A strange wind is blowing through Semenyih.
That is the feeling on the ground even though the campaign has only just begun.
In the run-up to the general election, one of the most powerful terms of attack used by the opposition against the then government was “rasuah” or corruption.
But now in Semenyih, the opposition’s most effective attack word is “tipu” (cheat or lie), a reference to Pakatan Harapan’s inability to deliver on its election promises.
Arguments that it is unfair to expect Pakatan to fulfil its promises within the first year do not wash on those coping with cost of living issues.
The “tipu” rallying cry has resonated especially among the Malays, posing a dilemma for Parti Pribumi Bersatu Malaysia which is struggling to hold on to the seat.
But the start of the campaign has been dominated by a fascinating sideshow starring Tun Dr Mahathir Mohamad and Datuk Seri Abdul Hadi Awang.
Dr Mahathir caused confusion among the main political players when he claimed that PAS had agreed not to support Umno in Semenyih. This came a day after a photo of the Prime Minister and Hadi exchanging a warm handshake went viral.
PAS leaders have since clarified that their cooperation with Umno in Semenyih still stands.
At the same time, they admitted to supporting Dr Mahathir’s Malay and Islamic agenda.
To those unfamiliar with Malay politics, it looked like a love triangle – PAS is dating Umno while holding hands with Dr Mahathir.
But political insiders claimed that PAS’ support for Dr Mahathir has less to do with Semenyih than with what is known as the “grand design” aimed at preventing Datuk Seri Anwar Ibrahim from becoming the next prime minister.
The Prime Minister is aware of gossip of a vote of no confidence at the next sitting of Parliament and he wants as many MPs on his side as possible.
All 18 MPs from PAS have also apparently signed statutory declarations to that effect.
In short, a Malay-Muslim configuration is in the process of forming behind the leadership of Dr Mahathir.
As for Dr Mahathir’s claim that PAS has ditched Umno in Semenyih, well, that is vintage Dr Mahathir for you.
It has happened to many other people – they meet Dr Mahathir to talk about one thing and he emerges to say something else to his advantage.
He did not live to become the world’s oldest prime minister by walking the straight and narrow path.
Nevertheless, Dr Mahathir has played PAS like a violin. He has cast doubts in the minds of PAS supporters, some of whom may now choose to support Bersatu candidate Muhammad Aiman Zainali.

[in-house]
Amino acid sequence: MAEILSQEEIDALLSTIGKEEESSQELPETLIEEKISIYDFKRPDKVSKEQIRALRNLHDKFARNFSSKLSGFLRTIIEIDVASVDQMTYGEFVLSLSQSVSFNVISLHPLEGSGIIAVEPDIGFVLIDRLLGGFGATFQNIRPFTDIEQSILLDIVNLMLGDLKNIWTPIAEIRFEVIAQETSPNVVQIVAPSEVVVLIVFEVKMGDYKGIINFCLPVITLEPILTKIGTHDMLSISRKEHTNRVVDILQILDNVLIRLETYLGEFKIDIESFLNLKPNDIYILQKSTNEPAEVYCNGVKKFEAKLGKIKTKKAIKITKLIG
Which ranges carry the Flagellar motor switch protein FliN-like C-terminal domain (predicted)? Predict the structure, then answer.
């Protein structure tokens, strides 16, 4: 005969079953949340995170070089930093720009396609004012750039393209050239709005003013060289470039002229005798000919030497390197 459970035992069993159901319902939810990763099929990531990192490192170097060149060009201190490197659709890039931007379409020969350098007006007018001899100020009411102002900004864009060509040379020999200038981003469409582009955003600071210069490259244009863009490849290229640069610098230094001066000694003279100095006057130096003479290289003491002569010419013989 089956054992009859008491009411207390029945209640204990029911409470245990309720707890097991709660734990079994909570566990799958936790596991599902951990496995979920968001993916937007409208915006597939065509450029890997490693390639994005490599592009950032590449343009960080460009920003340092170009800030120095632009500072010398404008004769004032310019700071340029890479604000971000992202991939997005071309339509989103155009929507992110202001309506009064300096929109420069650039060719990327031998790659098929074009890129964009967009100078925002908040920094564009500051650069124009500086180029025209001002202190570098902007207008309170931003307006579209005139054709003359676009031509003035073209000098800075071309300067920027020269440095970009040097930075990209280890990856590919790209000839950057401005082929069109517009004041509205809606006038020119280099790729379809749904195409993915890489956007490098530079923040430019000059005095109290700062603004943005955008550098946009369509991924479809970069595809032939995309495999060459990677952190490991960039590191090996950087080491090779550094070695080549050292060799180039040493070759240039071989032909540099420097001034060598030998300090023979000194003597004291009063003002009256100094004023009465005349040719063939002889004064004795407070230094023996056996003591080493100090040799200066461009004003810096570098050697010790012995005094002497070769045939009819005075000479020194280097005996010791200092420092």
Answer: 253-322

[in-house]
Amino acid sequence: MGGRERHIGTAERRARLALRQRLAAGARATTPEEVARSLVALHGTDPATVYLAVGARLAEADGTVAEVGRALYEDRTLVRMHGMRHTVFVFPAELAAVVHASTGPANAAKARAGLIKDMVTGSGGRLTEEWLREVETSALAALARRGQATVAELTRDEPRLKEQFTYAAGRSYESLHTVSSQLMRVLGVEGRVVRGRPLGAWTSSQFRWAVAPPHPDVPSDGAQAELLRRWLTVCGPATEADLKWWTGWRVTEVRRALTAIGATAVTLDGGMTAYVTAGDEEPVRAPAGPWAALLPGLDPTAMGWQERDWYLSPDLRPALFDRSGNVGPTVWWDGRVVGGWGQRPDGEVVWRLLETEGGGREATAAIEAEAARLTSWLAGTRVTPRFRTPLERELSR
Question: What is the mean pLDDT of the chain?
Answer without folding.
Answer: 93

“People can say what they like, we are still working together on the ground,” said Selangor PAS election director Roslan Shahir of the joint PAS-Umno campaign.
Dr Mahathir should also check on the enemy within. The by-election is taking place at a time when ties between Pakatan partners are being tested.
The Bersatu chairman’s ongoing push to recruit ex-Umno leaders has embarrassed and ruffled feathers among his Pakatan partners.
They want him to stop but do not know how to tell him off.
Even Parti Warisan Sabah chief Datuk Seri Mohd Shafie Apdal, the king of the hill in Sabah, has caved in, saying that he has no power to stop Bersatu from setting up base in his state.
As such, there have been whispers of internal sabotage against the Bersatu candidate in Semenyih.
Bersatu is depending on PKR to run the show in Semenyih. But everyone has noticed that it is the faction aligned to Datuk Seri Azmin Ali that is going all out for Bersatu.
The PKR deputy president, widely seen as Dr Mahathir’s blue-eyed boy, has thrown his all into the campaign.
However, the sideshow involving Dr Mahathir and Hadi has had limited impact on the ordinary folk in Semenyih.
The buzzword in Semenyih has been “Bossku” a.k.a Datuk Seri Najib Tun Razak.
“We thought he was joking when he said he intends to steal the hearts of the people here but it is not a joke after all. He is going to be a central figure in the campaign,” said photo journalist Minaq Jinggo.
Najib’s popularity on the Malay ground has ballooned.
A large part of it has to do with the perception that the economy was better under him.
There is also the sympathy factor – he has come across as the victim of a witch hunt with the overkill of court charges against him.
“He has positioned himself as the questioning voice of the opposition. His social media presence is very relatable and he has tapped into the people’s unhappiness over the economy,” said political commentator Amir Fareed Rahim.
He has ventured twice into Semenyih and the reception has been overwhelming.
On Sunday night, as he finished speaking at a ceramah at a low-cost housing enclave, the emcee urged the crowd to be orderly and not to mob Najib.
But everyone ignored the emcee and surged forward to greet and take wefies with him, almost ignoring Umno candidate Zakaria Hanafi.
“No one in Pakatan was connecting with the Malay ground and Najib stepped into that role,” said Amir.
Anwar, given his personal charisma, should be playing that role but he has chosen to spend his time travelling and meeting foreign leaders.
The wind that blew Najib out of power may now blow Bersatu out of Semenyih.